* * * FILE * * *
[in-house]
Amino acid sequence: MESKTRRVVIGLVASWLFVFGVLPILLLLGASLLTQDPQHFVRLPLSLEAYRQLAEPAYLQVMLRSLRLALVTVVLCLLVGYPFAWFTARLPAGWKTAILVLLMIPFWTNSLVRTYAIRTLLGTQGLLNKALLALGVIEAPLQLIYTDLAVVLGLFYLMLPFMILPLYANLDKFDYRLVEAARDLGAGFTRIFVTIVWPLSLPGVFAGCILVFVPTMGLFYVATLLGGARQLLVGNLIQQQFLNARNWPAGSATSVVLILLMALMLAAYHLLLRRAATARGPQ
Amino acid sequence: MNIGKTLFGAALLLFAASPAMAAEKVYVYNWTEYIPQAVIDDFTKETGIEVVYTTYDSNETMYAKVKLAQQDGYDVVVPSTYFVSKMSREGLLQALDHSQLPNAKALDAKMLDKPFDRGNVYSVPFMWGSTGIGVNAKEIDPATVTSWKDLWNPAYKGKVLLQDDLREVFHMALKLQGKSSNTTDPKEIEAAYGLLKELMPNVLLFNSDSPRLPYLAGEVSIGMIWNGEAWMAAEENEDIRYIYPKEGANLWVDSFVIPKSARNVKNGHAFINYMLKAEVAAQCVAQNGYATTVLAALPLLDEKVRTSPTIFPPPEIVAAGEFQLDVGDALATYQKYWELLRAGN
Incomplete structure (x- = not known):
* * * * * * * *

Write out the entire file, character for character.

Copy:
[in-house]
Amino acid sequence: MESKTRRVVIGLVASWLFVFGVLPILLLLGASLLTQDPQHFVRLPLSLEAYRQLAEPAYLQVMLRSLRLALVTVVLCLLVGYPFAWFTARLPAGWKTAILVLLMIPFWTNSLVRTYAIRTLLGTQGLLNKALLALGVIEAPLQLIYTDLAVVLGLFYLMLPFMILPLYANLDKFDYRLVEAARDLGAGFTRIFVTIVWPLSLPGVFAGCILVFVPTMGLFYVATLLGGARQLLVGNLIQQQFLNARNWPAGSATSVVLILLMALMLAAYHLLLRRAATARGPQ
Amino acid sequence: MNIGKTLFGAALLLFAASPAMAAEKVYVYNWTEYIPQAVIDDFTKETGIEVVYTTYDSNETMYAKVKLAQQDGYDVVVPSTYFVSKMSREGLLQALDHSQLPNAKALDAKMLDKPFDRGNVYSVPFMWGSTGIGVNAKEIDPATVTSWKDLWNPAYKGKVLLQDDLREVFHMALKLQGKSSNTTDPKEIEAAYGLLKELMPNVLLFNSDSPRLPYLAGEVSIGMIWNGEAWMAAEENEDIRYIYPKEGANLWVDSFVIPKSARNVKNGHAFINYMLKAEVAAQCVAQNGYATTVLAALPLLDEKVRTSPTIFPPPEIVAAGEFQLDVGDALATYQKYWELLRAGN
Incomplete structure (x- = not known):